Parasitic Nematode Update

Hi everyone! I don’t have anything Halloween-themed for ya today – but it IS kinda creeeeeepy!
OR…maybe it’s just me!

I wanted to provide a bit of an update on the Steinernema feltiae (parasitic nematode) front. As mentioned in my last nematode post (see “My Parasitic Nematodes Have Arrived!“), I decided to see if I could use larger maggots as hosts for these guys since each one would have the potential to support a LOT more nematodes, and I figured they could more easily be used as a sort of transportation vessel, helping me transfer the nematodes to new systems.

Well, I THINK the nematodes do in fact attack larger maggots. After adding some to my maggot holding container, I started noticing some change in behavior – for the first time, some maggots ventured out of the container – and just generally, a certain sluggishness. Rather than waiting for conclusive evidence, I ended up adding maggots and their habitat material to one of my little gnat / fruit fly farms (pictured above). By that point, the “farm” was humming along quite nicely with loads of little larvae crawling around in the lower reaches of the container.

Right after adding the maggot mix, I decided to add even MORE nematodes for good measure (wanted to leave no question of there being loads of them in the system) before leaving the bin to sit for a few days. I decided to check on the situation today, and so far it looks the nematodes have got the larvae on the run (quite literally – haha). As shown in the photo, quite a few of the larvae are now crawling up on the sides of the container! There may have been the odd one up on the sides before, but this definitely seems to be new behavior for the most part. I’ve also noticed an increase in adults in the bin – this actually seems to support some observations made the last time I tested these nematodes. After adding them to my fungus-gnat-infested bins, rather than finding lots of dead larvae it seemed like I was finding lots of dead adults looking like they had been invaded by something. It actually does make sense that flying insects would respond to a threat this way – almost like a last ditch effort to help ensure the success of future generations!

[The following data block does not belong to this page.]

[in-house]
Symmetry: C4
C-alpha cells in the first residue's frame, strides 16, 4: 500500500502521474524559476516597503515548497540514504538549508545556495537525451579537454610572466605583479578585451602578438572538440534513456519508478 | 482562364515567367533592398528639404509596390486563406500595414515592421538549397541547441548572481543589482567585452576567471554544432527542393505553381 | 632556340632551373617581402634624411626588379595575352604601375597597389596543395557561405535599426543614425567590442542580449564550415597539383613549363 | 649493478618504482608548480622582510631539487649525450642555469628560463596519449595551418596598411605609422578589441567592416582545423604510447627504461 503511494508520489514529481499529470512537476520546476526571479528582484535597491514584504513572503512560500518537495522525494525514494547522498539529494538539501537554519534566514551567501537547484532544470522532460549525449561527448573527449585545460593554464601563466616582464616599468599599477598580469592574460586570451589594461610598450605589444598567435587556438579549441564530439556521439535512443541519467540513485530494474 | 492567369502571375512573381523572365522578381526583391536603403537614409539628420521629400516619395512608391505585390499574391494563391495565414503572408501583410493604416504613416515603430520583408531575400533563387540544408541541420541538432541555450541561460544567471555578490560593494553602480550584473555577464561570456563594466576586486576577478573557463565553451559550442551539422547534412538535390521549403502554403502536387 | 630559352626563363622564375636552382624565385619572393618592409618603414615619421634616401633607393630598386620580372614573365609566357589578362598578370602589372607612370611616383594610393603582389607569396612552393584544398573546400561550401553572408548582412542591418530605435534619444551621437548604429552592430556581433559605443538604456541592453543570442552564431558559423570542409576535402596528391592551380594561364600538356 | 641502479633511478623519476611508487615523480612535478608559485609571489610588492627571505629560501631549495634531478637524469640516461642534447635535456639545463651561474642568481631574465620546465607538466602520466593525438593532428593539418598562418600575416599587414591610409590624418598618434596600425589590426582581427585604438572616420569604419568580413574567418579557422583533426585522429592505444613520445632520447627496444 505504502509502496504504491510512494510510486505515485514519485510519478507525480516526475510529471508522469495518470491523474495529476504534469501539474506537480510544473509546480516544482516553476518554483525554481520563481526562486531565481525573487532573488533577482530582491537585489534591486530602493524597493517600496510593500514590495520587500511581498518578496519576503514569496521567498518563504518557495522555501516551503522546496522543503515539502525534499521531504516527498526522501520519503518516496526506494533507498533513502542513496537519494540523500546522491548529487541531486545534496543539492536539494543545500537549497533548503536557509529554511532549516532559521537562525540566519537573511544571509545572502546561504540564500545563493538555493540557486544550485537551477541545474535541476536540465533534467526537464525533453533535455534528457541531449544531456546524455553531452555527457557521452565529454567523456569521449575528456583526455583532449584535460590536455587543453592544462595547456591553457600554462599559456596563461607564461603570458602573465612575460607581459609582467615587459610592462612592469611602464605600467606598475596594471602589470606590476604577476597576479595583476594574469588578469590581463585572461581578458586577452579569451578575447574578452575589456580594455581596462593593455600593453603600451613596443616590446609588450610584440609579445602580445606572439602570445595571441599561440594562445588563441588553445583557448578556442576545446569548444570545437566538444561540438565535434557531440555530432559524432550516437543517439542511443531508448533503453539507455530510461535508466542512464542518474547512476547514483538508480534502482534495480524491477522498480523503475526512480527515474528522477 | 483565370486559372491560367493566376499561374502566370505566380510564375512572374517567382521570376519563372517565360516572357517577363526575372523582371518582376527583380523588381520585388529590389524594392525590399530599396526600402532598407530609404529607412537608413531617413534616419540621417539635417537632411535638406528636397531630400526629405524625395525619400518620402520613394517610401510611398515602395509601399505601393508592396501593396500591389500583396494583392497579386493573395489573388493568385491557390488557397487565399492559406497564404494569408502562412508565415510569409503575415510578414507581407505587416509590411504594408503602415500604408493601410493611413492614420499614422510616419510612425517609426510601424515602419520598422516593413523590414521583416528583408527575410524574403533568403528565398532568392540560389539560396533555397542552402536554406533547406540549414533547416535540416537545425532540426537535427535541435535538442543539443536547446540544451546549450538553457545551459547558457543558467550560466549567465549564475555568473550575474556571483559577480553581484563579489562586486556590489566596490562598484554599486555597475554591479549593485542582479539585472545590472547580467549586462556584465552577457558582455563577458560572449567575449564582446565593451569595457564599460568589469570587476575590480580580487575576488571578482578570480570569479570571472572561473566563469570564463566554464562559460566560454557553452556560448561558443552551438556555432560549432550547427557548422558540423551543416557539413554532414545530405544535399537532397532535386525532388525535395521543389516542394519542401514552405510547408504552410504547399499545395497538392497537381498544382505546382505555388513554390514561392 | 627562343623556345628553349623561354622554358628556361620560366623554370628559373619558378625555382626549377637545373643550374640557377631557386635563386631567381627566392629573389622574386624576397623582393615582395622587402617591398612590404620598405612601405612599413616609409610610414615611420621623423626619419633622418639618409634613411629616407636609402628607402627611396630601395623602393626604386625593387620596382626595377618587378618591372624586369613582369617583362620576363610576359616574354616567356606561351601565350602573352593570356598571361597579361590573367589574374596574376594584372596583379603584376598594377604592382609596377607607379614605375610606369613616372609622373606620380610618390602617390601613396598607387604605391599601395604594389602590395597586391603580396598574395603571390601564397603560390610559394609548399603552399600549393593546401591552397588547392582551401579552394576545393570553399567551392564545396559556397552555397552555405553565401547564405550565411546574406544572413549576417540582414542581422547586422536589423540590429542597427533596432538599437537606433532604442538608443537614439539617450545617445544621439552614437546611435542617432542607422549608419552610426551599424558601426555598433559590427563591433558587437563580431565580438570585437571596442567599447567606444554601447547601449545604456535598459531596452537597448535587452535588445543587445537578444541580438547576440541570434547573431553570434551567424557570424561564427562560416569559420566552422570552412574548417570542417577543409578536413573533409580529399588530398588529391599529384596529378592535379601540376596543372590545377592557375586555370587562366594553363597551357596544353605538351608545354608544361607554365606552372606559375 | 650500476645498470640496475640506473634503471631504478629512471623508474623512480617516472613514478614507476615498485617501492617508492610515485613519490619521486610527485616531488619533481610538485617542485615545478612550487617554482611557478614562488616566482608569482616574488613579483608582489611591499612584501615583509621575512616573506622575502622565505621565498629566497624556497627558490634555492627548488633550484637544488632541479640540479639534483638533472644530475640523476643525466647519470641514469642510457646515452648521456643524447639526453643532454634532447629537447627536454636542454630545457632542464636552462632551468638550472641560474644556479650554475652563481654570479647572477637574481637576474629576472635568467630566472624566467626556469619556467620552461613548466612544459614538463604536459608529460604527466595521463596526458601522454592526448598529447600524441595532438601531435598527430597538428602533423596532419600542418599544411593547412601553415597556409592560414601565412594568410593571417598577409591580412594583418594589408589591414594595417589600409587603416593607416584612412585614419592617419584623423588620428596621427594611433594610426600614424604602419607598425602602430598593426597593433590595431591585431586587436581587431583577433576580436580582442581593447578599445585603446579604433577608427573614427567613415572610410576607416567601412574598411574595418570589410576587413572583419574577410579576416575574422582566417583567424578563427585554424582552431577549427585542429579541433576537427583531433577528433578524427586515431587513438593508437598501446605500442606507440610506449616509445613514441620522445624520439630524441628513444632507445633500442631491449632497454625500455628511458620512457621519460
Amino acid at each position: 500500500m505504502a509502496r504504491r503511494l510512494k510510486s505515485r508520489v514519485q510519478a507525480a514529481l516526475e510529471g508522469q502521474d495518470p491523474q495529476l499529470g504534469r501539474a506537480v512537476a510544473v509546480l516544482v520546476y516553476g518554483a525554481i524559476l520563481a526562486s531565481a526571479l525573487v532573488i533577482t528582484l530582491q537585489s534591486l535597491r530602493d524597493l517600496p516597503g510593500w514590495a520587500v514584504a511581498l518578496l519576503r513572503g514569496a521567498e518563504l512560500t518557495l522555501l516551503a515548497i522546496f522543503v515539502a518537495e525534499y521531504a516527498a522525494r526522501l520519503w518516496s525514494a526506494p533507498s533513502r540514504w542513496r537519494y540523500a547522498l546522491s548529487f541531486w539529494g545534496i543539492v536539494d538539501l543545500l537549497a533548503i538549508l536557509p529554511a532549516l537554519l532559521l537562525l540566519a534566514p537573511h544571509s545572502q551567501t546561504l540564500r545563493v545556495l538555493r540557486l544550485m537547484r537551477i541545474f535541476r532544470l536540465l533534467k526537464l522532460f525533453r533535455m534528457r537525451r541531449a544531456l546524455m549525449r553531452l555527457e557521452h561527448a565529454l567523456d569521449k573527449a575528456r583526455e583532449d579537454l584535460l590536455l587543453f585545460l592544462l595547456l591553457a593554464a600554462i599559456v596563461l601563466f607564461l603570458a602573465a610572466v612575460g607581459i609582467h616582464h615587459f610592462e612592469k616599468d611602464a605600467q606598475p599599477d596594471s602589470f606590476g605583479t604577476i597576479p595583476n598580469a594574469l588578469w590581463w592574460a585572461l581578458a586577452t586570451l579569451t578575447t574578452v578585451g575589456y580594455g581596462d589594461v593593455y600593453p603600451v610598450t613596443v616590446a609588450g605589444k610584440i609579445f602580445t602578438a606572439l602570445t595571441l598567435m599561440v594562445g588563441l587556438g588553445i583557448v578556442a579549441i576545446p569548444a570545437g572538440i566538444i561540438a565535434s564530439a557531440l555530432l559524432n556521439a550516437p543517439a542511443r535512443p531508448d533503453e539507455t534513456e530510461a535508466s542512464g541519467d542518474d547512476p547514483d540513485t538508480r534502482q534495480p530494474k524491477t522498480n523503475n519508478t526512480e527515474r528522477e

Another positive sign is the appearance of countless tiny worms (obviously the nematodes) on the inside walls of the “farm” bin. I have to hold the container up the light in order to really see them – but I can see them wiggling away when I do, so I’m confident they are doing just fine. There are loads of larvae still moving around in this system, so I think this could end up being a fantastic stock system for the nematodes. Now I just need to make sure I have at least one or two more thriving larvae bins set up for future transfers so I won’t run the risk of exhausting my nematode “food” supply! lol

All this larvae and nematode farming aside, I still obviously need to properly test the effectiveness of the nematodes against our tiny flying friends. I am hoping to set up some small fruit fly breeding systems with shredded paper for bedding and banana peels for food, and then add a bunch of the nematodes (still LOADS of them in the original bag I received them in) to some of the containers to see if there is a noticeable decrease in the number of adults etc.

I will certainly keep everyone posted!

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    • John
    • November 2, 2011

    That is WAAYYY cool…
    Are nematodes affected in any way by light and, how long after you added the nematodes did you start to see any changes?
    I’d like to see how those little buggers fair against the Colorado potato beetles…
    If the nematodes could control the Colorado potato beetles I could die a happy man!…I think Sevin dust just makes the infidels fatter & more persistent

    • Jesus Escobar
    • November 24, 2012

    My customers are asking about the grey bugs in my worms casting. I need some information about the grey buys so I can inform the customers about it. Please let me know.

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